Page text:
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U.S.

Department of Labor Administrative Review Board


200 Constitution Avenue, N.W.
Washington, D.C. 20210

In the Matter of:

MICHAEL MADONIA, ARB CASE NO. 99-001

COMPLAINANT, ALJ CASE NO. 98-STA-2

v. DATE: January 29, 1999

DOMINICK’S FINER FOOD, INC.,

and

MAVO LEASING, INC.,

RESPONDENTS.

BEFORE: THE ADMINISTRATIVE REVIEW BOARD

Appearances:

For the Complainant:


Brian F. DeCook, Esq., Olympia Fields, Illinois

For Respondent Dominick’s Finer Food, Inc.:


Paul F. Gleeson, Esq., James E. Bayles, Jr.,
Vedder, Price, Kaufman & Kammholz, Chicago, Illinois

ORDER REMANDING FOR CONSIDERATION OF NEW


EVIDENCE, AND VACATING ORDER OF REINSTATEMENT

This case arises under Section 405 of the Surface Transportation Assistance Act of 1982
(STAA), 49 U.S.C. §31105 (1994), as amended. On October 5, 1998, the Administrative Law Judge
(ALJ) issued a Recommended Decision and Order (R. D. & O. ) finding that Dominick’s Finer
Foods, Inc., and Mavo Leasing, Inc. (Respondents), violated the employee protection provisions of
STAA by terminating Michael Madonia (Madonia or Complainant) in part because of his protected
activity. As a remedy for the violation, the ALJ ordered, inter alia, that Respondents reinstate
Complainant to his position as a truck driver.

On October 21, 1998, Respondents moved this Board to remand the case to the ALJ for (1)
reopening the record to admit new evidence, (2) reconsideration of the R. D. & O. based on the new

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evidence, and (3) a stay of the reinstatement order pending reconsideration.1/ In his response filed
on November 9, 1998, Complainant agreed to the admission of evidence but opposed remanding the
matter to the ALJ.2/ Complainant’s response did not address the reinstatement issue.

For the reasons discussed below, Respondents’ motion is granted, and this matter is hereby
remanded to the ALJ with instructions to reopen the record to admit the newly-discovered evidence
and to reconsider the Recommended Decision in light of this new evidence. Inasmuch as the
Recommended Decision and Order is vacated pending reconsideration of the case in light of the new
evidence, the reinstatement order is null and void.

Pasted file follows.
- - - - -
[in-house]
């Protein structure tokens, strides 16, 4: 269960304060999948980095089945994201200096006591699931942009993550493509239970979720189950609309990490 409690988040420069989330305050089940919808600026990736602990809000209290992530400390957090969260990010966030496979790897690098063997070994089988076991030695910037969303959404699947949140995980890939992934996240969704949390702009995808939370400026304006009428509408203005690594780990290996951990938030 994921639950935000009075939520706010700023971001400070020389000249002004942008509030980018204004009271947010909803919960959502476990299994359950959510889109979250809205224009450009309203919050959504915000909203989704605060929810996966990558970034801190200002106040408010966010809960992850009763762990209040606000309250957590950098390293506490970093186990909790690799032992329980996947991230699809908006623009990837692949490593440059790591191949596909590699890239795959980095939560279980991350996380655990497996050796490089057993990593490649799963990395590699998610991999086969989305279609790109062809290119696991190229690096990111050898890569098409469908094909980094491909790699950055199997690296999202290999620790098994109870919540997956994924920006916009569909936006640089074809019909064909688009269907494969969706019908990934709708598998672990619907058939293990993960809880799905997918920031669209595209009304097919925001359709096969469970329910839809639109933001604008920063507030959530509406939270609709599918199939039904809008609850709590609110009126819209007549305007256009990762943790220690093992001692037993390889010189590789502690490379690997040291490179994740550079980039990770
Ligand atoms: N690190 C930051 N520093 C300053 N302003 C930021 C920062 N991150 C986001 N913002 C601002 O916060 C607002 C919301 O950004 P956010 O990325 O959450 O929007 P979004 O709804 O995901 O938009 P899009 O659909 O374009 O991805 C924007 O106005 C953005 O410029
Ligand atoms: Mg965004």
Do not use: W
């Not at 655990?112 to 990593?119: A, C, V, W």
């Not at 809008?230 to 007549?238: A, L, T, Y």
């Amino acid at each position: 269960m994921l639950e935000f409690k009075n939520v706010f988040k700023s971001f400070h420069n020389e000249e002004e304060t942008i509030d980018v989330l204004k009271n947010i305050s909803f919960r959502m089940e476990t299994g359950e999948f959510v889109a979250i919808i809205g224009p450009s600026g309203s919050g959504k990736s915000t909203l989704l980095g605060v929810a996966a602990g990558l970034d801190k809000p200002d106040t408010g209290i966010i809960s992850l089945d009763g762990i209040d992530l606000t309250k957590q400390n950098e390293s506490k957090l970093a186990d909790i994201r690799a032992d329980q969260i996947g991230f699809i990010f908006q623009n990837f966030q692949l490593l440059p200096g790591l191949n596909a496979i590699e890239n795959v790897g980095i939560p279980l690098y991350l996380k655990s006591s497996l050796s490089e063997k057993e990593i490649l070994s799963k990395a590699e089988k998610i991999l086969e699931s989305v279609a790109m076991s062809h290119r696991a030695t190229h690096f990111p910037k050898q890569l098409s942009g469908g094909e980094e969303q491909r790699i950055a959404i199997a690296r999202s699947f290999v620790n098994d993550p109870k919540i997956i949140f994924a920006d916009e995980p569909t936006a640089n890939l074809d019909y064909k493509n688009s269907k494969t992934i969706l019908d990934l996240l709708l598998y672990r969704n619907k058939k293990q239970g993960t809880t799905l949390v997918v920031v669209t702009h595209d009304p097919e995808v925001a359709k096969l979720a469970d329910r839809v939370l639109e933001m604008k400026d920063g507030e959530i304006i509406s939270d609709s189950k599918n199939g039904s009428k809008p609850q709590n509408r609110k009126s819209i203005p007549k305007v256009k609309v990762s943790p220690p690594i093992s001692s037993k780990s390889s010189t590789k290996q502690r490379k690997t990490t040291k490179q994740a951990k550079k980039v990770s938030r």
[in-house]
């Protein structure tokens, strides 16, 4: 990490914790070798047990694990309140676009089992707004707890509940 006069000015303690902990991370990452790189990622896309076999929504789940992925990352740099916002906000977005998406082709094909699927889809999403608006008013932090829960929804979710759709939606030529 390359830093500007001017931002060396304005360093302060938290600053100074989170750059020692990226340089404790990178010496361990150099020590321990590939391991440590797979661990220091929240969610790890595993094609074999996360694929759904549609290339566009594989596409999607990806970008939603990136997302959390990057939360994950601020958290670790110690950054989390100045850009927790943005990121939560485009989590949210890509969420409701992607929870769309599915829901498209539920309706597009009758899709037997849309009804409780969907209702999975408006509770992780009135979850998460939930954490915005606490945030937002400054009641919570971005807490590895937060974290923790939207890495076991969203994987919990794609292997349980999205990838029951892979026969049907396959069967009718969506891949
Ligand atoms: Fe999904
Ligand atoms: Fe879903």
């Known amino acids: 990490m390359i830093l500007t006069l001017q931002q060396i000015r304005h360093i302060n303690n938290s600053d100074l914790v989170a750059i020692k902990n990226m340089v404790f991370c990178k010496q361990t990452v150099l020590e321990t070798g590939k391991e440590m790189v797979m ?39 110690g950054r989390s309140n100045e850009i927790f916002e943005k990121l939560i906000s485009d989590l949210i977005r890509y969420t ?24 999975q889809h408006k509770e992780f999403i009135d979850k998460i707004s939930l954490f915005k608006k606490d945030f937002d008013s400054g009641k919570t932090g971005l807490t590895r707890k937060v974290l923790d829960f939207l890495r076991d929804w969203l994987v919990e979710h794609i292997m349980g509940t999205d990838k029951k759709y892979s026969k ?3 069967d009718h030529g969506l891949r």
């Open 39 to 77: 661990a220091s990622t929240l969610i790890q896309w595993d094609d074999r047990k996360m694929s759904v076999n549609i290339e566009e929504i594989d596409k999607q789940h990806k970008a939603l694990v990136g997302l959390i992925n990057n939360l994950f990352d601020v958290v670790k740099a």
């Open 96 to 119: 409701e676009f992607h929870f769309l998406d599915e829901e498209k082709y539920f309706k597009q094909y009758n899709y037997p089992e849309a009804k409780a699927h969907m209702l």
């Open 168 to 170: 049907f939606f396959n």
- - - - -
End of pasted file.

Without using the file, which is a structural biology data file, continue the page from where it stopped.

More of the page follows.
BACKGROUND

An abbreviated recitation of facts is necessary to understand the relevance and materiality


of the new evidence.

Michael Madonia was employed by Mavo Leasing and leased to Dominick’s Finer Foods
as a truck driver from 1986 until August 1997. R. D. & O. at 2. In November 1996, Madonia was
fired because he was involved in an altercation with an employee of Dominick’s store. Id. at 4. In
an effort to regain his job, Madonia entered into a written agreement with Respondents which
provided for Complainant’s continued employment as long as, inter alia, he completed a
psychotherapy program recommended by his physicians. Id. at 5. Because he signed the agreement,
Madonia was rehired by Respondents as of December 3, 1996. Id.

On August 25, 1997, Madonia was again terminated because, according to Respondents, he
had failed to complete his psychotherapy treatments as required in the 1996 agreement. Id. at 8. In
contrast, Complainant maintains that the true motivation for his firing was that he filed a safety-
related complaint with his employers on August 7, 1997. Id. at 11.

1/
Dominick’s motion also requested an extension of time for filing briefs with this Board. By
order dated October 29, 1998, we stayed until further notice our earlier-issued briefing schedule.
Additionally, on November 10, 1998, the Board received a motion withdrawing Robert Mann and
substituting Brian F. DeCook as counsel for Complainant. The motion for the substitution is
granted.
2/
The Board rejects Complainant’s argument that the new evidence can be admitted without
remanding the matter to the ALJ. Comp. Response at 2. The Board’s review of a case must be
based on the record made before the ALJ and on the ALJ’s recommended decision and order. 29
C.F.R. §1978.109(c)(1) (1997). Reliance by the Board on exhibits not in the record before the ALJ
is, therefore, not permitted. Boyd v. Belcher Oil Co., Case No. 87-STA-9, Dep. Sec. Decision and
Order, December 2, 1987, at 3.
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ANALYSIS

Section 405 of the Surface Transportation Assistance Act of 1982 forbids the discharge of
employees in the commercial motor transportation industry in retaliation for filing complaints
alleging that the employer is not complying with applicable safety standards. The elements of a
violation of the STAA employee protection provision are “that the employee engaged in protected
activity, that the employee was subjected to adverse employment action, and that there was a causal
connection between the protected activity and the adverse action.” Clean Harbors Environmental
Services, Inc. v. Herman, 146 F. 3d 12, 21 (1st Cir. 1998). See also Moon v. Transport Drivers, Inc.,
836 F.2d 226, 229 (6th Cir. 1987).

The ALJ determined that Respondents’ August 1997 termination of Madonia violated STAA,
using a “dual motive” analysis. R. D. & O. at 15. A dual motive analysis is appropriate when an
adverse action is motivated in part by lawful reasons, and also in part by unlawful reasons. Mt.
Healthy City School District Bd. of Education v. Doyle, 429 U.S. 274 (1977). In his Recommended
Decision and Order, the ALJ specifically ruled that Madonia’s termination was motivated in part by
Respondents’ discovery that Complainant had failed to complete the course of psychotherapy, and